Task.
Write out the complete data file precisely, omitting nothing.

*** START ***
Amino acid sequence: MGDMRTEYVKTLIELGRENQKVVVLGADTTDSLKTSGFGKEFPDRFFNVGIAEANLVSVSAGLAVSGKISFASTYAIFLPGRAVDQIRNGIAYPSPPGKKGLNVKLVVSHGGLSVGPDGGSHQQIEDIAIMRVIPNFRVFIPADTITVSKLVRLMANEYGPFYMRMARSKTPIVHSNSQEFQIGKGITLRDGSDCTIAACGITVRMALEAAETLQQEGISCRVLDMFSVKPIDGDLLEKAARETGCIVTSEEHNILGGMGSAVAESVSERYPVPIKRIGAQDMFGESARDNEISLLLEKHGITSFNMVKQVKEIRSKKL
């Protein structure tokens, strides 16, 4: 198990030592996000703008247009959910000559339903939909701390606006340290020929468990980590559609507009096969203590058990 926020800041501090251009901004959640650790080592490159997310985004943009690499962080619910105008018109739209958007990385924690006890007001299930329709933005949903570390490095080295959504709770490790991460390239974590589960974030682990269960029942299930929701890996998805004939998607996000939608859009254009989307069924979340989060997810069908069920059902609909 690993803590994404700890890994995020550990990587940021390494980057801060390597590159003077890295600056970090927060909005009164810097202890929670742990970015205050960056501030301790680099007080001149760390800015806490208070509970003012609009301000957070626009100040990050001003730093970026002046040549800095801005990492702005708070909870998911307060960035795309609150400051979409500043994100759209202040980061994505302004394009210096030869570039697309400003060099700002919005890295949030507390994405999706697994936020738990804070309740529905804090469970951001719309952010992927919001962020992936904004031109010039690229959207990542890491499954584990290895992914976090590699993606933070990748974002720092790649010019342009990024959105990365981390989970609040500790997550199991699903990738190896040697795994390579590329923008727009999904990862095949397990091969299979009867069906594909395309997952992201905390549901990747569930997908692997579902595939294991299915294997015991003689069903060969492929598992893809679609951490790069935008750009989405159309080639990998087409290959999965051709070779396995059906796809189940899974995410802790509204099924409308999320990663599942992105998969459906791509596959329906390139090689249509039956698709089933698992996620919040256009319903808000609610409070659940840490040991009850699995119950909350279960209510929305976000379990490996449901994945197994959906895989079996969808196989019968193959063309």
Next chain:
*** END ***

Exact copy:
Amino acid sequence: MGDMRTEYVKTLIELGRENQKVVVLGADTTDSLKTSGFGKEFPDRFFNVGIAEANLVSVSAGLAVSGKISFASTYAIFLPGRAVDQIRNGIAYPSPPGKKGLNVKLVVSHGGLSVGPDGGSHQQIEDIAIMRVIPNFRVFIPADTITVSKLVRLMANEYGPFYMRMARSKTPIVHSNSQEFQIGKGITLRDGSDCTIAACGITVRMALEAAETLQQEGISCRVLDMFSVKPIDGDLLEKAARETGCIVTSEEHNILGGMGSAVAESVSERYPVPIKRIGAQDMFGESARDNEISLLLEKHGITSFNMVKQVKEIRSKKL
């Protein structure tokens, strides 16, 4: 198990030592996000703008247009959910000559339903939909701390606006340290020929468990980590559609507009096969203590058990 926020800041501090251009901004959640650790080592490159997310985004943009690499962080619910105008018109739209958007990385924690006890007001299930329709933005949903570390490095080295959504709770490790991460390239974590589960974030682990269960029942299930929701890996998805004939998607996000939608859009254009989307069924979340989060997810069908069920059902609909 690993803590994404700890890994995020550990990587940021390494980057801060390597590159003077890295600056970090927060909005009164810097202890929670742990970015205050960056501030301790680099007080001149760390800015806490208070509970003012609009301000957070626009100040990050001003730093970026002046040549800095801005990492702005708070909870998911307060960035795309609150400051979409500043994100759209202040980061994505302004394009210096030869570039697309400003060099700002919005890295949030507390994405999706697994936020738990804070309740529905804090469970951001719309952010992927919001962020992936904004031109010039690229959207990542890491499954584990290895992914976090590699993606933070990748974002720092790649010019342009990024959105990365981390989970609040500790997550199991699903990738190896040697795994390579590329923008727009999904990862095949397990091969299979009867069906594909395309997952992201905390549901990747569930997908692997579902595939294991299915294997015991003689069903060969492929598992893809679609951490790069935008750009989405159309080639990998087409290959999965051709070779396995059906796809189940899974995410802790509204099924409308999320990663599942992105998969459906791509596959329906390139090689249509039956698709089933698992996620919040256009319903808000609610409070659940840490040991009850699995119950909350279960209510929305976000379990490996449901994945197994959906895989079996969808196989019968193959063309």
Next chain: